You can’t say, Where’s your authority? The governor’s going to say, In an emergency, I have all of these sweeping powers, and the legislature very clearly authorized me to have them, and I’m going to exercise them. I think under the law, he has that power. I think the constitutional issue really is can the executive do something that is more legislative in nature?
We have all sorts of cases that have examined this from all sorts of different angles. I haven’t looked in depth at a pandemic-type situation—and I’m confident it hasn’t been addressed in terms of face masks—but I think when you look at the totality of those other cases, it’s probably going to be a court’s decision that yes, the governor can issue that kind of order in this sort of environment.
Josh, give us a concrete example of the nondelegation doctrine in action.
Here’s a good example: Congress said, as we continue to develop more complex drugs, and our food system becomes more and more complex, and we’re buying food from other countries, other states, et cetera—they said, Look, we can’t legislate every type of food or drug issue that may come up, so we’re going to create a new part of the executive branch called the Food and Drug Administration—the FDA.
So through the FDA, the Congress empowers the executive branch to regulate food and drugs. The FDA will come up with all sorts of rules that are really legislative in nature—can Congress delegate that power to the FDA? Courts have looked at that and said, yes, they can. And that’s even in a nonemergency situation.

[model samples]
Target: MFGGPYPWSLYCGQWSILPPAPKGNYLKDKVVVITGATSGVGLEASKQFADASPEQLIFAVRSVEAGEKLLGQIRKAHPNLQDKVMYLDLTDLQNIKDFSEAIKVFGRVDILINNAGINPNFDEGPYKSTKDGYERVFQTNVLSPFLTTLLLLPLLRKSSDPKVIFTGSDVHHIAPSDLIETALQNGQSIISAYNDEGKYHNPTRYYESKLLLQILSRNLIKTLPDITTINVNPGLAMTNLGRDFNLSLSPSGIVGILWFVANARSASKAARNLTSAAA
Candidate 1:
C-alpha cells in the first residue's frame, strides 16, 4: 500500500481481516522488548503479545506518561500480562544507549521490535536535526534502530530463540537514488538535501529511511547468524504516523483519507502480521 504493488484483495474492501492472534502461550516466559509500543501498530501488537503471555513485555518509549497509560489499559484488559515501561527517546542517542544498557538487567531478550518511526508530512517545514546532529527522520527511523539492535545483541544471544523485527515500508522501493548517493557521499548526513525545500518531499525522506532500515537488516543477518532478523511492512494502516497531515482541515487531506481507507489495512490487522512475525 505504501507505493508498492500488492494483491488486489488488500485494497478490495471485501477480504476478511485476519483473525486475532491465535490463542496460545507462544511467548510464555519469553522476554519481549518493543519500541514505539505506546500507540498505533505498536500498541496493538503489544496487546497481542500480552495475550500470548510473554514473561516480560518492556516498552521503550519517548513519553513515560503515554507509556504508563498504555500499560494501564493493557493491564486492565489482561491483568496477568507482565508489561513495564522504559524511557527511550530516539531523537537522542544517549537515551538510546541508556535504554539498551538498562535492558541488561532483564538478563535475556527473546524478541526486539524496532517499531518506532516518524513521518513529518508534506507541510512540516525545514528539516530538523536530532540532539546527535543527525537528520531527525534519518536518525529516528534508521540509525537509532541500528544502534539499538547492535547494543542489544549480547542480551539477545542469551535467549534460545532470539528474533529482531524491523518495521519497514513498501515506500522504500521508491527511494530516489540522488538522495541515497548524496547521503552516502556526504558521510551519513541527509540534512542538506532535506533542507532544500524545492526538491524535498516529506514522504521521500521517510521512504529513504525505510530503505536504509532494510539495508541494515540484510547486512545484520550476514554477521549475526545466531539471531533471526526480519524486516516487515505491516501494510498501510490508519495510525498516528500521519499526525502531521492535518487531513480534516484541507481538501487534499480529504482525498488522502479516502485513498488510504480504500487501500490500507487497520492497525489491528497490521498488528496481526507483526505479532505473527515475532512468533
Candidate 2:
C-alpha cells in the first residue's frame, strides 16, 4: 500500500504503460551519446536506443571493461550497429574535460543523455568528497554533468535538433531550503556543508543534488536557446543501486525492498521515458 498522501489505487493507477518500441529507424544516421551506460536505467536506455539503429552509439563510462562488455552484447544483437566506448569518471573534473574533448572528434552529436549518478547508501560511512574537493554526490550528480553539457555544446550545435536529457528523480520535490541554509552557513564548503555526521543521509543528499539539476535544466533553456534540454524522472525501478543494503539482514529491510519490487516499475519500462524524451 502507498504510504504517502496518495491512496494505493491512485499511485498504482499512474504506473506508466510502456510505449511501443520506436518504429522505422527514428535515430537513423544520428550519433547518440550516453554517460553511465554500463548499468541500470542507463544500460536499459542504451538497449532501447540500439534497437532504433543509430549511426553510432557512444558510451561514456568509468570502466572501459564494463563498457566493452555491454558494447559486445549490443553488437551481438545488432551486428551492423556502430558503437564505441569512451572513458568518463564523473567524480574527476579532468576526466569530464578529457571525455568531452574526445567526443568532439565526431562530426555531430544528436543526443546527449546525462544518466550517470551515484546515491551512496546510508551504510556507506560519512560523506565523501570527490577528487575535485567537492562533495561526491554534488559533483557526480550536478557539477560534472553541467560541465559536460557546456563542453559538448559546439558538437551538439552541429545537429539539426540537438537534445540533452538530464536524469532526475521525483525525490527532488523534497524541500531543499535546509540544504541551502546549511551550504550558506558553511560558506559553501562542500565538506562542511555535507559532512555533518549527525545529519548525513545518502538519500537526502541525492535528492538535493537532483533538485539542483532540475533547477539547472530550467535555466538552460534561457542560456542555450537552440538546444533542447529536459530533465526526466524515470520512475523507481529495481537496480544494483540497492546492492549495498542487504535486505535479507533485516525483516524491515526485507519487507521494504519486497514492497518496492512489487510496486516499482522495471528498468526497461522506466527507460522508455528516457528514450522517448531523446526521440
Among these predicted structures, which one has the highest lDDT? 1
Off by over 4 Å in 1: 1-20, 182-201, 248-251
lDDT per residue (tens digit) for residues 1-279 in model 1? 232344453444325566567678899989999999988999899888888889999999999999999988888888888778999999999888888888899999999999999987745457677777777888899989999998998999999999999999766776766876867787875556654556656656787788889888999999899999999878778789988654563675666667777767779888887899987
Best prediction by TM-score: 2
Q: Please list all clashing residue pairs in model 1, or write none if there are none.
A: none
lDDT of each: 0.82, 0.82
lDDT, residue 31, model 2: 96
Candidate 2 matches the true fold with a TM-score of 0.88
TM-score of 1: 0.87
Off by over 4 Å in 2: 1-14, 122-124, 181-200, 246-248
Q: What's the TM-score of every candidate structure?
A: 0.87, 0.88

When you layer on that there’s an emergency going on, and the governor’s issuing this sort of mandate, I have to think that a court is probably going to be okay with that.
That’s a great example. You’re taking me back to admin law days—making my brain hurt over here. In the media, we hear about a lot of people throwing fits over not being able to go to a store without a mask when the store has a mask mandate.
Is there a constitutional right to go to a store without a mask?
Absolutely not. I think when people get into these debates online, it’s really important to try and separate what is legal from what is right, you know? And I think people have this argument of I should be allowed to do this all I want. Well, that’s more of the policy argument, and you can make that, but when you come to me as a lawyer and say, Does a private business have the ability to set their own policies? The answer is absolutely, yes.
A classic example, we hear bandied about a lot online is no shirt, no shoes, no service, right? People try to make the same analogy for the masks because of the pandemic we have going on, and I think it’s a decent analogy—but you know, businesses have the right to set whatever parameters within certain bounds.
You can’t exclude someone just because they’re a man, or just because they’re black or white, but generally speaking, businesses have the right to decide what kind of baseline service they’re going to provide, and how you need to be dressed, or what kind of safety precautions they want to take before you’re able to patronize their business.
Thank you so much, Josh. I appreciate this. And then if there’s any zingers in the actual executive order, we might have to update this.
I appreciate you having me on, Marc, and I know that it’s probably not the last we’ve heard of this. In a state as big as ours, I have a feeling we’ll have somebody test the waters of this constitutionally and file a lawsuit—certainly in other states too.
So it’ll be academically fun to see how that plays out from a legal perspective. But I have to think that the courts are ultimately going to say that the governor has sufficient executive authority in the midst of this emergency.
Thank you so much, Josh. You have a great day.
I appreciate it, Marc. Thanks again.